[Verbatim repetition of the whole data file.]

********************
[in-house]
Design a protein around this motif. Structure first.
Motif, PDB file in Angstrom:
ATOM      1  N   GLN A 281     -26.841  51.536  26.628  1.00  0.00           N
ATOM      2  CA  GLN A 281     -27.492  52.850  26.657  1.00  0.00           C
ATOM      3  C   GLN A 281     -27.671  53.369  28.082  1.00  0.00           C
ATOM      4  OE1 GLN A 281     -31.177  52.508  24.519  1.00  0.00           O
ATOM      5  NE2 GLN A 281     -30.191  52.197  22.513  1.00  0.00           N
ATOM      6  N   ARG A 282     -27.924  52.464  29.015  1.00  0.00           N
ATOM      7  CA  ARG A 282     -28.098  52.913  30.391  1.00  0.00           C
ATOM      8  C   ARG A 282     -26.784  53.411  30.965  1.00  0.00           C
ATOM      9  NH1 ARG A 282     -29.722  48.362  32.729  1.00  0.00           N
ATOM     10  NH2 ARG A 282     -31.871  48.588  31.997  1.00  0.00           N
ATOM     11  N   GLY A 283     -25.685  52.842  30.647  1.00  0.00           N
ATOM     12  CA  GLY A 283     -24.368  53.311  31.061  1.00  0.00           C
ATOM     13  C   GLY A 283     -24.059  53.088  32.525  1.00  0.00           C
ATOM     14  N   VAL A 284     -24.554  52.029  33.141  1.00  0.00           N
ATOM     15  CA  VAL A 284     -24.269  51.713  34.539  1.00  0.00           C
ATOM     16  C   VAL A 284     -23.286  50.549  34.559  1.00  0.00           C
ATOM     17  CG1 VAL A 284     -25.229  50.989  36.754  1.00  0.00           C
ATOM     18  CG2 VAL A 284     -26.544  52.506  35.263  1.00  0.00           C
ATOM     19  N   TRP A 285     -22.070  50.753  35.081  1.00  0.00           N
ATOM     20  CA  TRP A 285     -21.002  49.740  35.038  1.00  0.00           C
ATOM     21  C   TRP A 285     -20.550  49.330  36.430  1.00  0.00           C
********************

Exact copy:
[in-house]
Design a protein around this motif. Structure first.
Motif, PDB file in Angstrom:
ATOM      1  N   GLN A 281     -26.841  51.536  26.628  1.00  0.00           N
ATOM      2  CA  GLN A 281     -27.492  52.850  26.657  1.00  0.00           C
ATOM      3  C   GLN A 281     -27.671  53.369  28.082  1.00  0.00           C
ATOM      4  OE1 GLN A 281     -31.177  52.508  24.519  1.00  0.00           O
ATOM      5  NE2 GLN A 281     -30.191  52.197  22.513  1.00  0.00           N
ATOM      6  N   ARG A 282     -27.924  52.464  29.015  1.00  0.00           N
ATOM      7  CA  ARG A 282     -28.098  52.913  30.391  1.00  0.00           C
ATOM      8  C   ARG A 282     -26.784  53.411  30.965  1.00  0.00           C
ATOM      9  NH1 ARG A 282     -29.722  48.362  32.729  1.00  0.00           N
ATOM     10  NH2 ARG A 282     -31.871  48.588  31.997  1.00  0.00           N
ATOM     11  N   GLY A 283     -25.685  52.842  30.647  1.00  0.00           N
ATOM     12  CA  GLY A 283     -24.368  53.311  31.061  1.00  0.00           C
ATOM     13  C   GLY A 283     -24.059  53.088  32.525  1.00  0.00           C
ATOM     14  N   VAL A 284     -24.554  52.029  33.141  1.00  0.00           N
ATOM     15  CA  VAL A 284     -24.269  51.713  34.539  1.00  0.00           C
ATOM     16  C   VAL A 284     -23.286  50.549  34.559  1.00  0.00           C
ATOM     17  CG1 VAL A 284     -25.229  50.989  36.754  1.00  0.00           C
ATOM     18  CG2 VAL A 284     -26.544  52.506  35.263  1.00  0.00           C
ATOM     19  N   TRP A 285     -22.070  50.753  35.081  1.00  0.00           N
ATOM     20  CA  TRP A 285     -21.002  49.740  35.038  1.00  0.00           C
ATOM     21  C   TRP A 285     -20.550  49.330  36.430  1.00  0.00           C